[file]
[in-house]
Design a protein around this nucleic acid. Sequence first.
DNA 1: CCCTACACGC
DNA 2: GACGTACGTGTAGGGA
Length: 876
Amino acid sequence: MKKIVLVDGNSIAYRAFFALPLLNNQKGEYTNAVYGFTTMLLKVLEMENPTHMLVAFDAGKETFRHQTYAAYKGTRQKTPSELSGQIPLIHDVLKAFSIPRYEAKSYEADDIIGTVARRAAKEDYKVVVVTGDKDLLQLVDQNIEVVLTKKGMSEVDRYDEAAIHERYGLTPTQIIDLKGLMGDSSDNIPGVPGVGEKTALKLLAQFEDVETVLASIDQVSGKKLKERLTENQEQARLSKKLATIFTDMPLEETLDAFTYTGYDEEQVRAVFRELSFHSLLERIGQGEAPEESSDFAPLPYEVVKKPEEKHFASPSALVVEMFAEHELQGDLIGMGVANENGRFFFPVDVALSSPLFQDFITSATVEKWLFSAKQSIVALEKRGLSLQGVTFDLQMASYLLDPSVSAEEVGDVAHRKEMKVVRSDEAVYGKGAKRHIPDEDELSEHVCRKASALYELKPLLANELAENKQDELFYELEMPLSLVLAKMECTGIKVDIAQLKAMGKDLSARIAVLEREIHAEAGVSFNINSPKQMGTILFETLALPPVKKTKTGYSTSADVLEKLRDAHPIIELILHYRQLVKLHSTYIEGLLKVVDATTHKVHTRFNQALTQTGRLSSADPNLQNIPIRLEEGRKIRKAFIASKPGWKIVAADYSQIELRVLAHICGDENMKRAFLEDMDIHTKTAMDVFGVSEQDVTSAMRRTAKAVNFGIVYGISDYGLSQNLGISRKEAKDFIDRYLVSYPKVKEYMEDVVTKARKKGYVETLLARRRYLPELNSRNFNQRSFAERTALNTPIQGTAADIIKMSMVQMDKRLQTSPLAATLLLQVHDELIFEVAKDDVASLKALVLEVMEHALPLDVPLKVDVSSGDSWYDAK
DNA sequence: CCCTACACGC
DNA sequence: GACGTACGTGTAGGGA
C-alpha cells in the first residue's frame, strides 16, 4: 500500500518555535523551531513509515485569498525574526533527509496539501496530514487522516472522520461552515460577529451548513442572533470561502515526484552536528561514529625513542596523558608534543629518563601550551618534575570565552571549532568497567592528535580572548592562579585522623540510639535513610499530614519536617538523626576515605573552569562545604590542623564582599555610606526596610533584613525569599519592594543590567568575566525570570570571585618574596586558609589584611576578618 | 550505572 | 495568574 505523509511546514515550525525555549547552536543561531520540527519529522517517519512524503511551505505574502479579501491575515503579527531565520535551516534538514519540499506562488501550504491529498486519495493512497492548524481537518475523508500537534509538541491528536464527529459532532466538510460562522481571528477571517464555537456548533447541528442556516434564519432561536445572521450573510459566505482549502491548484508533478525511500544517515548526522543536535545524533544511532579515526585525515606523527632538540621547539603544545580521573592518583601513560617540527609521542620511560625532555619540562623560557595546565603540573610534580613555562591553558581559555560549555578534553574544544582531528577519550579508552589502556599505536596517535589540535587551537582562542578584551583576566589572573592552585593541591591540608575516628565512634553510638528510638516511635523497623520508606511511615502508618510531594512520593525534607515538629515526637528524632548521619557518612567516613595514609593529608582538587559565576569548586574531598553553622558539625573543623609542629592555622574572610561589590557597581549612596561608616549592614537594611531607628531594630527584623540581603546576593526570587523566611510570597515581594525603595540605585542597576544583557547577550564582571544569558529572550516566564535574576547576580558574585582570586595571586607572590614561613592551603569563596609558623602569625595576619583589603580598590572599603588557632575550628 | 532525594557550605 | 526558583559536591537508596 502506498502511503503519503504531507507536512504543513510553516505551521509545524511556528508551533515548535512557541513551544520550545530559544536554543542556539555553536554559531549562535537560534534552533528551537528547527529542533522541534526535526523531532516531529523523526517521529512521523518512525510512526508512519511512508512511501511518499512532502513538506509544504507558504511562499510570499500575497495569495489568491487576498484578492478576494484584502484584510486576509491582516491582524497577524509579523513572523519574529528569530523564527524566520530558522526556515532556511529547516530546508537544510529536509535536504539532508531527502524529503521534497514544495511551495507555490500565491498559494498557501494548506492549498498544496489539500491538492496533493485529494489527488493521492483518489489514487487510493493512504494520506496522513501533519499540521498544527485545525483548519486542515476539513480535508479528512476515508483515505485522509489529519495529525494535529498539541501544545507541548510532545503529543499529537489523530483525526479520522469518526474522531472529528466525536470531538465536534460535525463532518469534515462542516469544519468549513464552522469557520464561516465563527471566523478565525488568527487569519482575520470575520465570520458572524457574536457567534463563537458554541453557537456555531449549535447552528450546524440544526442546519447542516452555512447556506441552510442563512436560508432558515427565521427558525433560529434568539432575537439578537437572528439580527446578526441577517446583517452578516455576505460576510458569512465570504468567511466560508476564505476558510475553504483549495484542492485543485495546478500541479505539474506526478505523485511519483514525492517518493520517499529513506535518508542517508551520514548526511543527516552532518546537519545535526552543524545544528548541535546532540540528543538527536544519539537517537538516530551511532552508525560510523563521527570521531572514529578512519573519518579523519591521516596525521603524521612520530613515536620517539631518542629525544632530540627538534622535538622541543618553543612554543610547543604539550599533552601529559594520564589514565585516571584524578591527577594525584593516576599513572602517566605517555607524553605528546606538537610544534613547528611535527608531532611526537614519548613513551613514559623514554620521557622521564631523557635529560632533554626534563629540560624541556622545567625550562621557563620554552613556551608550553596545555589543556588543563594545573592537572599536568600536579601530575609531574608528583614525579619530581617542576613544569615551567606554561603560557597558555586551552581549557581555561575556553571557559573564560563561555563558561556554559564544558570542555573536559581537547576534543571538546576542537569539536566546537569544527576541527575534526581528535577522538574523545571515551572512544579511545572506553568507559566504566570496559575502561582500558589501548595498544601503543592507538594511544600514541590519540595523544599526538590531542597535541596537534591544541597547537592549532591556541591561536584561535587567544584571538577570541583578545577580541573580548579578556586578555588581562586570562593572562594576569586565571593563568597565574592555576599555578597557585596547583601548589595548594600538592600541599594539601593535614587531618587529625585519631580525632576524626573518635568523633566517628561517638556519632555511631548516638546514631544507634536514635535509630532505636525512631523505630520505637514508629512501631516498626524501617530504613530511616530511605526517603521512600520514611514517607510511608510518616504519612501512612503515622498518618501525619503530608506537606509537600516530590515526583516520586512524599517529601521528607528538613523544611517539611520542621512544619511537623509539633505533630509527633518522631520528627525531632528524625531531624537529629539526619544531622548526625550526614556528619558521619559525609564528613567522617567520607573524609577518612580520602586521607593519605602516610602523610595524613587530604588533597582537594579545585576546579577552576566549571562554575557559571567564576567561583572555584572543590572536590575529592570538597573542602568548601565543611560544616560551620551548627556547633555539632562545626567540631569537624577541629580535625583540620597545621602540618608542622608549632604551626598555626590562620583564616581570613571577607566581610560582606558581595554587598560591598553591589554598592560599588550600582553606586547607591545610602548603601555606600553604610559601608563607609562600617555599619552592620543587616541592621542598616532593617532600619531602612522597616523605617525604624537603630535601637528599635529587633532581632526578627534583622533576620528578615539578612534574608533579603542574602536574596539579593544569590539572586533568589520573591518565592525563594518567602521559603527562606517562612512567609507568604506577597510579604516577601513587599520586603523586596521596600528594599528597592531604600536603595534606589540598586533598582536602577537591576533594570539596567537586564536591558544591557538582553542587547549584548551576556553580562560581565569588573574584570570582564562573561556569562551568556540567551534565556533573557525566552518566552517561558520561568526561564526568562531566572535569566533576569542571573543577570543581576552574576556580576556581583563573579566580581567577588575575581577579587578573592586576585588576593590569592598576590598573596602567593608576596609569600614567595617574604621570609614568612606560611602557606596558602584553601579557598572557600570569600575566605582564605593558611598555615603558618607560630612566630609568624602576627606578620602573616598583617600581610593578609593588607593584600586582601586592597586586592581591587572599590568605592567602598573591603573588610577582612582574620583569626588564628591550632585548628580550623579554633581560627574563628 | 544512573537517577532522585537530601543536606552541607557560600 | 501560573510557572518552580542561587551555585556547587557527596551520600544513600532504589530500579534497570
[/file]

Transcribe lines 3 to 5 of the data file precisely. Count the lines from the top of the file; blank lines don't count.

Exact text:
DNA 1: CCCTACACGC
DNA 2: GACGTACGTGTAGGGA
Length: 876